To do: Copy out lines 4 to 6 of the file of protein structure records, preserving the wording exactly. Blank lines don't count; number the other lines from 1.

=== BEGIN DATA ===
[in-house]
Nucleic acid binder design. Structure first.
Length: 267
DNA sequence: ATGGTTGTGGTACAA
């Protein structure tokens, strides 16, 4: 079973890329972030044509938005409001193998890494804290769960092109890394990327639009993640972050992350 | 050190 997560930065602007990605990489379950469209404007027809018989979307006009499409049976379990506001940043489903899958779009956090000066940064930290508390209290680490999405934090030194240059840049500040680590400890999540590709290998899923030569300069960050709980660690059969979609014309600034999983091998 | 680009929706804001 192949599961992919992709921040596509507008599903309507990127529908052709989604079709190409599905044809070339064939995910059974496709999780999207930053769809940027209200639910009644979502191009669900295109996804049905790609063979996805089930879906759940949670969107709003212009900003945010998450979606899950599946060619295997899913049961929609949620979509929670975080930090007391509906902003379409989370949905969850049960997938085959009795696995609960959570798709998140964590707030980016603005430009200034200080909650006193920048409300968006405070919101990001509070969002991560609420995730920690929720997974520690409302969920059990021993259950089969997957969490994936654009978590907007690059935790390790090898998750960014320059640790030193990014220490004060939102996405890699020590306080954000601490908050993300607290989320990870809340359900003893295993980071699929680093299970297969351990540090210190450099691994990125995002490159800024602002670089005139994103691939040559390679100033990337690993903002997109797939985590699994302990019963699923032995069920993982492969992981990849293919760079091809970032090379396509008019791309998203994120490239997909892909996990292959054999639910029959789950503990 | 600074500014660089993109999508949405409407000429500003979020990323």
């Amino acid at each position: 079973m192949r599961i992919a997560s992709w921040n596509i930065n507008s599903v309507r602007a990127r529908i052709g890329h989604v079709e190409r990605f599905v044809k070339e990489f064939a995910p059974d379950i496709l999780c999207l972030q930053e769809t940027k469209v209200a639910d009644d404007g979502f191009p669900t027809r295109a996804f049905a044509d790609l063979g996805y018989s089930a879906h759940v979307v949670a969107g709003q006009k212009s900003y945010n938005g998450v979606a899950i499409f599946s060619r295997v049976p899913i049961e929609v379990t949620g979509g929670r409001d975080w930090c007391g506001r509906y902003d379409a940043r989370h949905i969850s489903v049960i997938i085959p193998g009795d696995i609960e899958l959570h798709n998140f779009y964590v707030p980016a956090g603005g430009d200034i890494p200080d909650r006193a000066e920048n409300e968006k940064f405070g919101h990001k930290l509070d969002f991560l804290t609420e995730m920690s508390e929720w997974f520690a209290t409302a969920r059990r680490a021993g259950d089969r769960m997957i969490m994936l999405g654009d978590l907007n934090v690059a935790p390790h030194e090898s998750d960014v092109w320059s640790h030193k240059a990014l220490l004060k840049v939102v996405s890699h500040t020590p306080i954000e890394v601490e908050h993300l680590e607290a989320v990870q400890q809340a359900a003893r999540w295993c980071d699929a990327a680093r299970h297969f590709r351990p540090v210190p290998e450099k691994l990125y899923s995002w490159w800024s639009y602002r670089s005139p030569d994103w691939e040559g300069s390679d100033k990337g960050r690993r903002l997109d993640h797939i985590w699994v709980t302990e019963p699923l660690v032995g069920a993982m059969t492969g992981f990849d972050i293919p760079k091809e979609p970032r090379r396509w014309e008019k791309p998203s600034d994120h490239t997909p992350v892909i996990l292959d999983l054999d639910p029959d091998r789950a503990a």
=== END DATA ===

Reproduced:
DNA sequence: ATGGTTGTGGTACAA
């Protein structure tokens, strides 16, 4: 079973890329972030044509938005409001193998890494804290769960092109890394990327639009993640972050992350 | 050190 997560930065602007990605990489379950469209404007027809018989979307006009499409049976379990506001940043489903899958779009956090000066940064930290508390209290680490999405934090030194240059840049500040680590400890999540590709290998899923030569300069960050709980660690059969979609014309600034999983091998 | 680009929706804001 192949599961992919992709921040596509507008599903309507990127529908052709989604079709190409599905044809070339064939995910059974496709999780999207930053769809940027209200639910009644979502191009669900295109996804049905790609063979996805089930879906759940949670969107709003212009900003945010998450979606899950599946060619295997899913049961929609949620979509929670975080930090007391509906902003379409989370949905969850049960997938085959009795696995609960959570798709998140964590707030980016603005430009200034200080909650006193920048409300968006405070919101990001509070969002991560609420995730920690929720997974520690409302969920059990021993259950089969997957969490994936654009978590907007690059935790390790090898998750960014320059640790030193990014220490004060939102996405890699020590306080954000601490908050993300607290989320990870809340359900003893295993980071699929680093299970297969351990540090210190450099691994990125995002490159800024602002670089005139994103691939040559390679100033990337690993903002997109797939985590699994302990019963699923032995069920993982492969992981990849293919760079091809970032090379396509008019791309998203994120490239997909892909996990292959054999639910029959789950503990 | 600074500014660089993109999508949405409407000429500003979020990323």
């Amino acid at each position: 079973m192949r599961i992919a997560s992709w921040n596509i930065n507008s599903v309507r602007a990127r529908i052709g890329h989604v079709e190409r990605f599905v044809k070339e990489f064939a995910p059974d379950i496709l999780c999207l972030q930053e769809t940027k469209v209200a639910d009644d404007g979502f191009p669900t027809r295109a996804f049905a044509d790609l063979g996805y018989s089930a879906h759940v979307v949670a969107g709003q006009k212009s900003y945010n938005g998450v979606a899950i499409f599946s060619r295997v049976p899913i049961e929609v379990t949620g979509g929670r409001d975080w930090c007391g506001r509906y902003d379409a940043r989370h949905i969850s489903v049960i997938i085959p193998g009795d696995i609960e899958l959570h798709n998140f779009y964590v707030p980016a956090g603005g430009d200034i890494p200080d909650r006193a000066e920048n409300e968006k940064f405070g919101h990001k930290l509070d969002f991560l804290t609420e995730m920690s508390e929720w997974f520690a209290t409302a969920r059990r680490a021993g259950d089969r769960m997957i969490m994936l999405g654009d978590l907007n934090v690059a935790p390790h030194e090898s998750d960014v092109w320059s640790h030193k240059a990014l220490l004060k840049v939102v996405s890699h500040t020590p306080i954000e890394v601490e908050h993300l680590e607290a989320v990870q400890q809340a359900a003893r999540w295993c980071d699929a990327a680093r299970h297969f590709r351990p540090v210190p290998e450099k691994l990125y899923s995002w490159w800024s639009y602002r670089s005139p030569d994103w691939e040559g300069s390679d100033k990337g960050r690993r903002l997109d993640h797939i985590w699994v709980t302990e019963p699923l660690v032995g069920a993982m059969t492969g992981f990849d972050i293919p760079k091809e979609p970032r090379r396509w014309e008019k791309p998203s600034d994120h490239t997909p992350v892909i996990l292959d999983l054999d639910p029959d091998r789950a503990a």